A clothing storeowner in Boston wrote a 24-page pamphlet on Sept. 28, 1829 that may have done as much to spark the Civil War as Harriet Beecher Stowe’s Uncle Tom’s Cabin.
‘Treat us like men, and there is no danger but we will all live in peace and happiness together.’ So beseeched Walker in his stirring call to resistance, Appeal to the Coloured Citizens of the World and Expressly to the Coloured Citizens of the United States. It is popularly known as David Walker’s Appeal.
Walker demanded an immediate and universal end to slavery in the pamphlet. It was a bitter attack on the hypocrisy of America and a call for revolt – violent, if necessary – against white oppression. No one had dared go that far.
“This little book produced more commotion among slaveholders than any volume of its size that was ever issued from an American press,” wrote an early biographer, Henry Garnet. Laws against it were passed in the South, and a price was put on Walker’s head – first $3,000, then $10,000 if he could be delivered alive to the South. In the North, his writings stiffened the spines of the abolitionists. William Henry Garrison took a more militant tone after David Walker’s Appeal was printed.
Little is known of Walker’s early life. He was probably born on Cape Fear in North Carolina. Garnet claims his mother was free and his father was a slave, but died several months before David was born. Whatever the case, he was free, and as a young man he moved to Charleston, S.C., looking for work. He then moved to Philadelphia and ended up in Boston around 1825.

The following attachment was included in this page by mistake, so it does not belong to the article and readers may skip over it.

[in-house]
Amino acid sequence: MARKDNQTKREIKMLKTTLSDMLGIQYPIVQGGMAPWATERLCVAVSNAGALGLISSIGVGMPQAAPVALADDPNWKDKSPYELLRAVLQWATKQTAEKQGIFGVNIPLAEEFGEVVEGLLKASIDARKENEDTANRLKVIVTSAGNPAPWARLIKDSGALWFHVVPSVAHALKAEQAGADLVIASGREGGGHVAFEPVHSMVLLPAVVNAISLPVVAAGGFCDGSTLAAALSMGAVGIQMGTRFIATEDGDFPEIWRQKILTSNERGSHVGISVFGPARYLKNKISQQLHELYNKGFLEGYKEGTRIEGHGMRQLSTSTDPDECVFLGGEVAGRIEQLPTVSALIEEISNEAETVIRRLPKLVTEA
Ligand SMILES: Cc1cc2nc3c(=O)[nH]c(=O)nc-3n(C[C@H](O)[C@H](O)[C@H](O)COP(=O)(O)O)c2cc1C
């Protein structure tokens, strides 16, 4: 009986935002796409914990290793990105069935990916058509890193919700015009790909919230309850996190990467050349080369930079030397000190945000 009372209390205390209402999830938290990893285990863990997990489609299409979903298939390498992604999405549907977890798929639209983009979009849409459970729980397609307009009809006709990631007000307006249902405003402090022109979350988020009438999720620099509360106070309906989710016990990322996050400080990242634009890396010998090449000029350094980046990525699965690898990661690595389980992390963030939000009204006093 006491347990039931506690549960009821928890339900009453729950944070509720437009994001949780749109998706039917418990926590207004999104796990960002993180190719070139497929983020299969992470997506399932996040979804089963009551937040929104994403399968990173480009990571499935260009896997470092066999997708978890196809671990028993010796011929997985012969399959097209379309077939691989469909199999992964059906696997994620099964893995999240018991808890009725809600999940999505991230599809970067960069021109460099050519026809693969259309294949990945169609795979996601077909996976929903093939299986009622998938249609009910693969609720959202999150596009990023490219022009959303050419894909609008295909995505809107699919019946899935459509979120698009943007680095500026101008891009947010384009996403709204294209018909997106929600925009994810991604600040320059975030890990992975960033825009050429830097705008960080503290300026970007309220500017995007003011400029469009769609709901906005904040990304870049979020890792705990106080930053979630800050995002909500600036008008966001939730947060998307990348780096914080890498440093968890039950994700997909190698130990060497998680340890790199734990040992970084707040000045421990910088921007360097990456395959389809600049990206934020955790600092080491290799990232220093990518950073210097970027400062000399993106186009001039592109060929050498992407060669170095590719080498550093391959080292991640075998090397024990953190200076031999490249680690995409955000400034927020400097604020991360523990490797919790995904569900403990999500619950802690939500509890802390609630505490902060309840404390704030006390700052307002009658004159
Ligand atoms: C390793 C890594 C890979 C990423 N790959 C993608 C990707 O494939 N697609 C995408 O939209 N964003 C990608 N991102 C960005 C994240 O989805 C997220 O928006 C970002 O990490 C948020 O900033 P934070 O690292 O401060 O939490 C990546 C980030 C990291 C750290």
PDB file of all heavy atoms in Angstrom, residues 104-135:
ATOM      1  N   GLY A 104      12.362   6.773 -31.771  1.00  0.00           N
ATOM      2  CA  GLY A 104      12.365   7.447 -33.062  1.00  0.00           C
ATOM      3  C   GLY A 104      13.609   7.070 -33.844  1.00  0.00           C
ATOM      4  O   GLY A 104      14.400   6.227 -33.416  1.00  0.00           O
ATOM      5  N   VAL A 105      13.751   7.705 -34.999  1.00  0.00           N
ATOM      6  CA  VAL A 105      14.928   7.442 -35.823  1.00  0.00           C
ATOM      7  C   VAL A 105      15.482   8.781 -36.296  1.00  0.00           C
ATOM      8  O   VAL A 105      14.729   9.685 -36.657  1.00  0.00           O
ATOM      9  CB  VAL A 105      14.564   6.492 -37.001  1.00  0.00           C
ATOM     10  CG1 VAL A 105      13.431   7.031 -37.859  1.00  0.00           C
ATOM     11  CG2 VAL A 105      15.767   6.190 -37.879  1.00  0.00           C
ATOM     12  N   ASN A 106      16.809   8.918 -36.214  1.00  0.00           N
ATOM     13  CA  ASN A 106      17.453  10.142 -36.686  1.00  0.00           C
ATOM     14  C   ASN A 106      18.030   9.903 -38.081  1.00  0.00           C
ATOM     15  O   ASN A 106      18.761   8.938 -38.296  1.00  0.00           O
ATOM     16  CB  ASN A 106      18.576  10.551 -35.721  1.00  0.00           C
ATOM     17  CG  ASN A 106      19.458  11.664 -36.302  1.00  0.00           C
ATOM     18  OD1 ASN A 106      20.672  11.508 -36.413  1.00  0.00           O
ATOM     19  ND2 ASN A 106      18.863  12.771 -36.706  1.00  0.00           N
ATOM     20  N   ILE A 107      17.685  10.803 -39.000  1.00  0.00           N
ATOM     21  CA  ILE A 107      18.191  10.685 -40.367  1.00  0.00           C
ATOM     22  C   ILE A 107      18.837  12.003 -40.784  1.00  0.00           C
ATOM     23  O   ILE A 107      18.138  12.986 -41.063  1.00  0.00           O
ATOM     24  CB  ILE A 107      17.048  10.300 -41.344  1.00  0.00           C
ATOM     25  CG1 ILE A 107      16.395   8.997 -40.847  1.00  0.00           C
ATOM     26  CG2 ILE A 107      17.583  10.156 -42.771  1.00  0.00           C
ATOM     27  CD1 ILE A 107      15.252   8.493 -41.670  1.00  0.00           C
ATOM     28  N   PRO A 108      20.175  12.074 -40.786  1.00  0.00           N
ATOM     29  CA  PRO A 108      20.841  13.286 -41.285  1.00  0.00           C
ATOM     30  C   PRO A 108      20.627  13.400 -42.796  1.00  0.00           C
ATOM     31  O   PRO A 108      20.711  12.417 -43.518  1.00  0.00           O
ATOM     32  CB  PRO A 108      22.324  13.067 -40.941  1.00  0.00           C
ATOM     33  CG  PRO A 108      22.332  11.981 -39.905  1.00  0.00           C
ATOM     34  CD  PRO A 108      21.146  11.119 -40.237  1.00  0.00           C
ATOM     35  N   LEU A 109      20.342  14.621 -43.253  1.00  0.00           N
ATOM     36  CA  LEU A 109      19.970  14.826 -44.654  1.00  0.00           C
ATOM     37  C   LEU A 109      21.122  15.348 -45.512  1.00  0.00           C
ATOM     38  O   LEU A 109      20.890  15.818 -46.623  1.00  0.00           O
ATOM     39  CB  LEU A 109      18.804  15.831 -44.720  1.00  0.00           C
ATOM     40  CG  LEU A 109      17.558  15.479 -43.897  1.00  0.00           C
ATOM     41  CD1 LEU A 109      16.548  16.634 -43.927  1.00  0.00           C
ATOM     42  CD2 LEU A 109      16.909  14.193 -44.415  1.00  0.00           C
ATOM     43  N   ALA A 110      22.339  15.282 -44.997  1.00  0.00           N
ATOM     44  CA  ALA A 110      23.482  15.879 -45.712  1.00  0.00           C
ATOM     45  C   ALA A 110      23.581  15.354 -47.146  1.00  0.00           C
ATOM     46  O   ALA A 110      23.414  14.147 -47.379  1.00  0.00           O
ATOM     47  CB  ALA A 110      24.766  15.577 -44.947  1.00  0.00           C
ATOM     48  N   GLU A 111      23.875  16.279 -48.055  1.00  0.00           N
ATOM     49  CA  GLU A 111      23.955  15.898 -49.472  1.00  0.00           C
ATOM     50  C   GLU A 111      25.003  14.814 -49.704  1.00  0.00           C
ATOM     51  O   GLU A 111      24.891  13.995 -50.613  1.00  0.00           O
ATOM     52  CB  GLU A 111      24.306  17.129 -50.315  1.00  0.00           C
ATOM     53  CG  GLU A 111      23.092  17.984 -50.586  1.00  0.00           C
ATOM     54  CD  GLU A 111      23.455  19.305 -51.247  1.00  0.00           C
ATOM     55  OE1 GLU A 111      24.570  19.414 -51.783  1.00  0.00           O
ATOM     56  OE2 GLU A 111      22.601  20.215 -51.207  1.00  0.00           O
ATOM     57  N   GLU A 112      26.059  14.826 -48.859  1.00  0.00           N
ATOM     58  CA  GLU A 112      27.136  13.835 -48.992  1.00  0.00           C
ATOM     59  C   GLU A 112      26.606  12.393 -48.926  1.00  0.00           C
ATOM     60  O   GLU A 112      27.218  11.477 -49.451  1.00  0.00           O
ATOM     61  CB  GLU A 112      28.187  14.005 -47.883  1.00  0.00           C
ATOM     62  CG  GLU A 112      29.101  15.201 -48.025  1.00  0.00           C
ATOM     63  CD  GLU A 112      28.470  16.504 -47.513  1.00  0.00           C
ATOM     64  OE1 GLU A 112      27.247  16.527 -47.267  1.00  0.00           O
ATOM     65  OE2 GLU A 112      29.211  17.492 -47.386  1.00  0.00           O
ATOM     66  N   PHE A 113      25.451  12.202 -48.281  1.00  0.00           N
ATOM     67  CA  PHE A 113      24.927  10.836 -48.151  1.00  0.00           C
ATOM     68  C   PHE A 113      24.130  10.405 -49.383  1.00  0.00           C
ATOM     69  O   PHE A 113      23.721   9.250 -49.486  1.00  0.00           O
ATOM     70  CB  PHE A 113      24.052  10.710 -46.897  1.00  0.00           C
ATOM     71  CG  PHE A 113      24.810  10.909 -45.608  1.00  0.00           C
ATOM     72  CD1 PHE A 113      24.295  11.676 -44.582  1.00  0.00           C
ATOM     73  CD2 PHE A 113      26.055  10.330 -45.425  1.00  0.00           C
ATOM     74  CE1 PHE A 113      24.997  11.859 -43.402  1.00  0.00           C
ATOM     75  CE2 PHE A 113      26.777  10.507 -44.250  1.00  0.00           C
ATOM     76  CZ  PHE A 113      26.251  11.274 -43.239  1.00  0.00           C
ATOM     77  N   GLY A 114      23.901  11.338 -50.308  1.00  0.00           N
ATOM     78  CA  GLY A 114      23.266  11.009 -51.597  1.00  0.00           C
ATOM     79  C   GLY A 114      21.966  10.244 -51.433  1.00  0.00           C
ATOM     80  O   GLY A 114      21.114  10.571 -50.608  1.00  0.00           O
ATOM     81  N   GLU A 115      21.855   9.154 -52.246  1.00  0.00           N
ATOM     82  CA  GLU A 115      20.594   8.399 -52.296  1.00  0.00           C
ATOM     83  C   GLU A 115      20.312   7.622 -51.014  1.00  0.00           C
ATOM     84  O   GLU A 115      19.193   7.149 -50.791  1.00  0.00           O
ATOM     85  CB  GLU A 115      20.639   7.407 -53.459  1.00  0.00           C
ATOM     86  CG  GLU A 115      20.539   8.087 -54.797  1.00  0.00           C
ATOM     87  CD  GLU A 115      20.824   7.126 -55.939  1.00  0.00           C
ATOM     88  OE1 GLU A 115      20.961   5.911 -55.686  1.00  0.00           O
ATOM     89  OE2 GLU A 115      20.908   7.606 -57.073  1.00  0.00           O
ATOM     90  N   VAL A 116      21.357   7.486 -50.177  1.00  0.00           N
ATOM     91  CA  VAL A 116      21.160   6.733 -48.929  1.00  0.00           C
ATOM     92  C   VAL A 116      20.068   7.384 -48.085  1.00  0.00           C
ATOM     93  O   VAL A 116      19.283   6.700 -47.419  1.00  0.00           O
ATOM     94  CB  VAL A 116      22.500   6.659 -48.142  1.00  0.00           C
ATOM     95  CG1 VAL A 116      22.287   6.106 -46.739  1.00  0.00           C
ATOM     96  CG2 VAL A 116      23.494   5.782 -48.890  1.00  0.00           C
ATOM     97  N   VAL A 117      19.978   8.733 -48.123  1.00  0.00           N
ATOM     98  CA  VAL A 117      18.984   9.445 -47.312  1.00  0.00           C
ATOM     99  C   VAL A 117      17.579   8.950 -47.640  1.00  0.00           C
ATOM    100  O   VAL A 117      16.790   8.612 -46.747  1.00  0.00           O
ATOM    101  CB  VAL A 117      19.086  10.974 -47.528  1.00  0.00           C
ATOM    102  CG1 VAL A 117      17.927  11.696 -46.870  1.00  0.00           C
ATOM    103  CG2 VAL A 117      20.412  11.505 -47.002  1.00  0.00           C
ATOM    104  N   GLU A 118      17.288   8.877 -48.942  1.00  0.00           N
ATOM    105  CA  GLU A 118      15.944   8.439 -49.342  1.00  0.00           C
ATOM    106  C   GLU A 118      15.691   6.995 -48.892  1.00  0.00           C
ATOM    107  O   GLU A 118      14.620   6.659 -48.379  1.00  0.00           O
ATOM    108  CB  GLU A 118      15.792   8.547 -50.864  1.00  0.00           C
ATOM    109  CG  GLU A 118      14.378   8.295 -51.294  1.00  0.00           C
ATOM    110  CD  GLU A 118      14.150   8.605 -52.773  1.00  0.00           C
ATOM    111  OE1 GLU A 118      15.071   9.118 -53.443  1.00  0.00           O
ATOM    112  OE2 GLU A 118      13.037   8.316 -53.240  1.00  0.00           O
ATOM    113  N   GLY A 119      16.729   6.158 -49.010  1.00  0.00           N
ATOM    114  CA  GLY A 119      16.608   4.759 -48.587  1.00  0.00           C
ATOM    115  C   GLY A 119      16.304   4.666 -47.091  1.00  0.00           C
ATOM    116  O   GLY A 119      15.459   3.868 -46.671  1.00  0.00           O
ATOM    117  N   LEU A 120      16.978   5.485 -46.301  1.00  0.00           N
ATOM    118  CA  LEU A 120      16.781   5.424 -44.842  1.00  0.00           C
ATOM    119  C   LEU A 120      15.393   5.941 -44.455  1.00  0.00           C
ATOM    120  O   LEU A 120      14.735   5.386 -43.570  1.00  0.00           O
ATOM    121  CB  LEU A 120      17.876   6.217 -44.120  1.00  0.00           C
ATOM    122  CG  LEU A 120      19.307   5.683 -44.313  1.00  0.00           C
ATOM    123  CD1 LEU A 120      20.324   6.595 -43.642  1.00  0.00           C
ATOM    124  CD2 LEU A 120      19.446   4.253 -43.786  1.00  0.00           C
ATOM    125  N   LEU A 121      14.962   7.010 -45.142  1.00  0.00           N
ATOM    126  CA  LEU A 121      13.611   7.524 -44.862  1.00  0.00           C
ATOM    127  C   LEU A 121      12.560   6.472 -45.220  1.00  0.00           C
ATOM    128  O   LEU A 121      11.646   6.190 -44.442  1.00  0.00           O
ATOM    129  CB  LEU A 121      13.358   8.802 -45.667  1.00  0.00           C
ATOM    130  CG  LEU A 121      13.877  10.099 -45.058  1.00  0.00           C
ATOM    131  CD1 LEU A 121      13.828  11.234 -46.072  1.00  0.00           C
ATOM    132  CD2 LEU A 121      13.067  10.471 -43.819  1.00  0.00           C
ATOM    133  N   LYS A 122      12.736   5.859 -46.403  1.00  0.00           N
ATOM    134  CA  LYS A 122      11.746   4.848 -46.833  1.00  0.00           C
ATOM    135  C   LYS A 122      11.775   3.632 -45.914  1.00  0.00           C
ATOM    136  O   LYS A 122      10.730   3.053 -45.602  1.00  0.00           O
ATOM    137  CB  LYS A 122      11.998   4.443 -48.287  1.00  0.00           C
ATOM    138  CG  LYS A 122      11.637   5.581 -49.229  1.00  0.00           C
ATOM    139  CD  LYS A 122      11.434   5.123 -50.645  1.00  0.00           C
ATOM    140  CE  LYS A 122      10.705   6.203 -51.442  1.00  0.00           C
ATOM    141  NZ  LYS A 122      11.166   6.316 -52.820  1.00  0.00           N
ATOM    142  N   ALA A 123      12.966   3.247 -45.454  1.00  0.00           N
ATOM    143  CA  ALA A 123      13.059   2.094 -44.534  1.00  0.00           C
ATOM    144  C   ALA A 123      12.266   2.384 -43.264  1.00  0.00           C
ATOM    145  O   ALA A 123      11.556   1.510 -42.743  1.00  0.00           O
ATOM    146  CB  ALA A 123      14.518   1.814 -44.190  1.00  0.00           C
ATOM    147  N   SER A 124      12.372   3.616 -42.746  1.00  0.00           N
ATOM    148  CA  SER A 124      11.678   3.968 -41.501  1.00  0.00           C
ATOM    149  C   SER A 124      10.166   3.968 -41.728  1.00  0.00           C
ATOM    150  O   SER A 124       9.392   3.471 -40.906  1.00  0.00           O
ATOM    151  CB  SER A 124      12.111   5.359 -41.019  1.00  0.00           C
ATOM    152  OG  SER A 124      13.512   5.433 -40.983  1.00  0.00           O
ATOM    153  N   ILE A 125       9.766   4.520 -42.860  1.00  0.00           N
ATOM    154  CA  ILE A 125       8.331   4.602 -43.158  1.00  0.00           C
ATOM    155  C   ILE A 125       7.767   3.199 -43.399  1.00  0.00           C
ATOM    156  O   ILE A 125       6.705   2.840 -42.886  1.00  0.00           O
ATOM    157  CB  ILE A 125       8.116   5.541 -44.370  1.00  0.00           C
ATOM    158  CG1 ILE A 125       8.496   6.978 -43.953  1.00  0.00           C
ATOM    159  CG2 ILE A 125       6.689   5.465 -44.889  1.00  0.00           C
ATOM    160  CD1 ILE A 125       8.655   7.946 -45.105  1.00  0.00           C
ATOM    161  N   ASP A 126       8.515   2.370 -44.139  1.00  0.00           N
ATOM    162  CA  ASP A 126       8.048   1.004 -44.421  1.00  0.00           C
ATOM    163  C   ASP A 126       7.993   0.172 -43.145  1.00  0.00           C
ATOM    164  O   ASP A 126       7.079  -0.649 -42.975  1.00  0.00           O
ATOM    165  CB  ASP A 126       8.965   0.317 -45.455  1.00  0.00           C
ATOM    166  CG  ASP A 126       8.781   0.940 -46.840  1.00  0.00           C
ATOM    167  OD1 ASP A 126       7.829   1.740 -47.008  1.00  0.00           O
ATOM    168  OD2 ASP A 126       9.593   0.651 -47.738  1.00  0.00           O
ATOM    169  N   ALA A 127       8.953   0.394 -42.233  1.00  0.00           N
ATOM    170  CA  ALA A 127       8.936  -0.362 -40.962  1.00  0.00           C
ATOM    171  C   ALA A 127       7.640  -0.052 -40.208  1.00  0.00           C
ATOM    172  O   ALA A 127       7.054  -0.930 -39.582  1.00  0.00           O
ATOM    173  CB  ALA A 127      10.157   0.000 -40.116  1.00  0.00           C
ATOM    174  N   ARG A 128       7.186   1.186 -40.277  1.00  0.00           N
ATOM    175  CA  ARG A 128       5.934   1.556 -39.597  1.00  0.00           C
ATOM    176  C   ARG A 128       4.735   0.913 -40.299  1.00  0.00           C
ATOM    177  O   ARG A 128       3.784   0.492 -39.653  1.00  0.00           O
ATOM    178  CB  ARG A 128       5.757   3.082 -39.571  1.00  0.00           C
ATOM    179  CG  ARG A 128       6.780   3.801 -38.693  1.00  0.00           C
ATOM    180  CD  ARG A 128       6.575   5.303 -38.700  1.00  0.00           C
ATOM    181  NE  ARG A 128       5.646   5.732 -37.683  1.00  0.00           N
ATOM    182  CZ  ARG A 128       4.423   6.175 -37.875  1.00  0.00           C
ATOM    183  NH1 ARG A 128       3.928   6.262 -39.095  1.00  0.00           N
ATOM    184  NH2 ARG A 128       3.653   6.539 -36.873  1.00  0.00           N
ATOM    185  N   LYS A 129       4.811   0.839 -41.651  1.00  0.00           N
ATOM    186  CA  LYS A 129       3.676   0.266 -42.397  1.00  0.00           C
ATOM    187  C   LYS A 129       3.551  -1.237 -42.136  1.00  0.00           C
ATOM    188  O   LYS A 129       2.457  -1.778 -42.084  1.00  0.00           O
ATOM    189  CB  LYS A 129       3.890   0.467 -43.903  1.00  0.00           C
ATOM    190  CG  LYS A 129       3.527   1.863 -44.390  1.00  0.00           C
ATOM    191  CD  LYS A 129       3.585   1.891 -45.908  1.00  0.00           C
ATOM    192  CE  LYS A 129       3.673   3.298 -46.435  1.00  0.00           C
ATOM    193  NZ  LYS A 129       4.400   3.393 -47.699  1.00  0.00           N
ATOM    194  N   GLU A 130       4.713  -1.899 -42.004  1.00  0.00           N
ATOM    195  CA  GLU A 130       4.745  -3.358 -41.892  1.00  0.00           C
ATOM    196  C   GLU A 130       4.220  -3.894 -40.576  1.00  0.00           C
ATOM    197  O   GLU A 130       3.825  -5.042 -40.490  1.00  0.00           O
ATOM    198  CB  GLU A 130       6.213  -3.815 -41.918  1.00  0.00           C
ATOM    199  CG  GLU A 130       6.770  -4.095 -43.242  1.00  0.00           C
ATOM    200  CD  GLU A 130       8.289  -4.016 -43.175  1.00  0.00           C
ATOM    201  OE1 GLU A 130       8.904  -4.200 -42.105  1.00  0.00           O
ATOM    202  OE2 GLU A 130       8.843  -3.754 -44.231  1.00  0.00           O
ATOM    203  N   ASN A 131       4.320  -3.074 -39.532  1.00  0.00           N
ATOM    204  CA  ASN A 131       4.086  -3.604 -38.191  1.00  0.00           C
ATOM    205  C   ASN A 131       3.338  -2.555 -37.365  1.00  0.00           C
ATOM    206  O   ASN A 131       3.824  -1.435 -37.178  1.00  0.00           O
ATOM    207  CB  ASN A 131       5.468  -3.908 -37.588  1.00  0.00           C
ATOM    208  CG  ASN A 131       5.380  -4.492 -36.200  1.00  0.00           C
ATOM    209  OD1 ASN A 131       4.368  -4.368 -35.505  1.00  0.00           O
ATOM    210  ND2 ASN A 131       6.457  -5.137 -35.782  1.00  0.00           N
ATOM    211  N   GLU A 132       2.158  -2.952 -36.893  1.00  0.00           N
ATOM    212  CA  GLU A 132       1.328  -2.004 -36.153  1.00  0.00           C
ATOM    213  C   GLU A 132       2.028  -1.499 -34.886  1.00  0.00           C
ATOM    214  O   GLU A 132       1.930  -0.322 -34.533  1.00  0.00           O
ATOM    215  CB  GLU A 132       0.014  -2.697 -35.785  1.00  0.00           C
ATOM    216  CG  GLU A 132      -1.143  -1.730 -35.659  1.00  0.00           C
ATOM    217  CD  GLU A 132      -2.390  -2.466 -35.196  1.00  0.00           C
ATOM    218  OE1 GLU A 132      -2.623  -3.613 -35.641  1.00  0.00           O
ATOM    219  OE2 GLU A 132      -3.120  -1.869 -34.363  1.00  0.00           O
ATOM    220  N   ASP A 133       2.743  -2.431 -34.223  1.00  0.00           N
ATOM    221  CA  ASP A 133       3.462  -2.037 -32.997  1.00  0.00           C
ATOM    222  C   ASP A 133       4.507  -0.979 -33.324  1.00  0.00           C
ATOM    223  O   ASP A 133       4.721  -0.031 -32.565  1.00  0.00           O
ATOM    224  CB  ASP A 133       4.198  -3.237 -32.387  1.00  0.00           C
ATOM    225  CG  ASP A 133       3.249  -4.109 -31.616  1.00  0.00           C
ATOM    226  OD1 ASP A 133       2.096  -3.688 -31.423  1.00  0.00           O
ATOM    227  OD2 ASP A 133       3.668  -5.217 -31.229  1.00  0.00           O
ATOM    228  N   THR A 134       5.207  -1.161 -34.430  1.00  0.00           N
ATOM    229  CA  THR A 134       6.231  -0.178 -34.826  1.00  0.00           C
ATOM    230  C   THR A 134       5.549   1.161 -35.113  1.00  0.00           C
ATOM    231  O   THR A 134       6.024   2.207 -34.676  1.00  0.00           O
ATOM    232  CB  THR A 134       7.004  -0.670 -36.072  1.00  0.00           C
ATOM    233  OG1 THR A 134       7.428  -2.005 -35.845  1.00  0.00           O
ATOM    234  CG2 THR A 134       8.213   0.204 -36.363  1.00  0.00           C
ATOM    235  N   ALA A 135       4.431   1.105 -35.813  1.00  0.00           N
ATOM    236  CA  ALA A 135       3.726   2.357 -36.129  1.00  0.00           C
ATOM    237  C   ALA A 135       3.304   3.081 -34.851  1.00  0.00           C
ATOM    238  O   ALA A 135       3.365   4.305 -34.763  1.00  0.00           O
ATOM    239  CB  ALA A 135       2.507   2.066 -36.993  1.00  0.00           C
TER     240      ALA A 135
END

Walker married Eliza Butler, and from 1827 to 1829 they were tenants at 81 Joy Street on Beacon Hill, where free blacks clustered. In 1829 he bought a house on Bridge Street from George Parkman, a Boston Brahmin whose murder in 1849 would lead to a sensational trial. Walker agreed to pay Parkman $266 – a huge sum for him – for six years. Prophetically, he observed that “in this very city, when a man of color dies, if he owned any real estate it most generally galls into the hands of some white persons.” His widow lost the house after his death.
Walker opened a used clothing shop on Brattle Street near the wharves, picking that location for a reason. He distributed his pamphlet to sailors and ship stewards, many of whom were black and called on the ports of New Orleans, Savannah, Charleston and Wilmington. In his store he bought clothing from sailors who needed cash and resold it to sailors who needed clothes for upcoming voyages. He could easily sew his pamphlet into the lining of the clothing.
The pamphlet was in its third printing in the summer of 1830 when Walker died suddenly at home. Many believe he was poisoned by his enemies, but evidence suggests he died of tuberculosis, as his young daughter had just died of the disease.
His son Edward Walker became the first African-American lawyer in Boston, and in 1866 became one of the first two elected to the state Legislature. When his father was alive, African-Americans could not hold elected office.
Note: An earlier version of this posting contained an image that was incorrectly identified as David Walker. It has been removed.